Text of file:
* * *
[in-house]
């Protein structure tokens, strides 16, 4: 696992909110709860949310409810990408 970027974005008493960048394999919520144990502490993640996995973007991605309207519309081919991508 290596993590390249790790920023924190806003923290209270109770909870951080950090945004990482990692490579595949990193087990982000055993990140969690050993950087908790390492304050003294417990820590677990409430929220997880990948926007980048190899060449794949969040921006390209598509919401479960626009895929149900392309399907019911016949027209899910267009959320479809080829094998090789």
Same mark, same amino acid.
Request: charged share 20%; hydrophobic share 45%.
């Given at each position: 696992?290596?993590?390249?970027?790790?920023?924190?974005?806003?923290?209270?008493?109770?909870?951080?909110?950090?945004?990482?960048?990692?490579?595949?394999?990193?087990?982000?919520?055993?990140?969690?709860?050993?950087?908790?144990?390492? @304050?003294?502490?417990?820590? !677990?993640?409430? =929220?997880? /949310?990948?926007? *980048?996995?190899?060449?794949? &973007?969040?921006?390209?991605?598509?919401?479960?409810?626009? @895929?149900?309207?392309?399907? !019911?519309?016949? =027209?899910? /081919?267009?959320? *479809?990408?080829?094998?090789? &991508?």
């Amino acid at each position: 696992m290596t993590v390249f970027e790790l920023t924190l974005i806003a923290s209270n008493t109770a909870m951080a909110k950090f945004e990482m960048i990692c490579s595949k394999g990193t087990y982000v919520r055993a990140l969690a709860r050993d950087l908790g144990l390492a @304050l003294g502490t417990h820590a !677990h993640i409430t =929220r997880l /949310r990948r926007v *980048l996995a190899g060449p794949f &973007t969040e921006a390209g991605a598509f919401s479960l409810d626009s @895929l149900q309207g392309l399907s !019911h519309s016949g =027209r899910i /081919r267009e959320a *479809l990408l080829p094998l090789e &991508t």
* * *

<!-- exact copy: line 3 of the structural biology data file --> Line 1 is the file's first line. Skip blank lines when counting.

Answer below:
Same mark, same amino acid.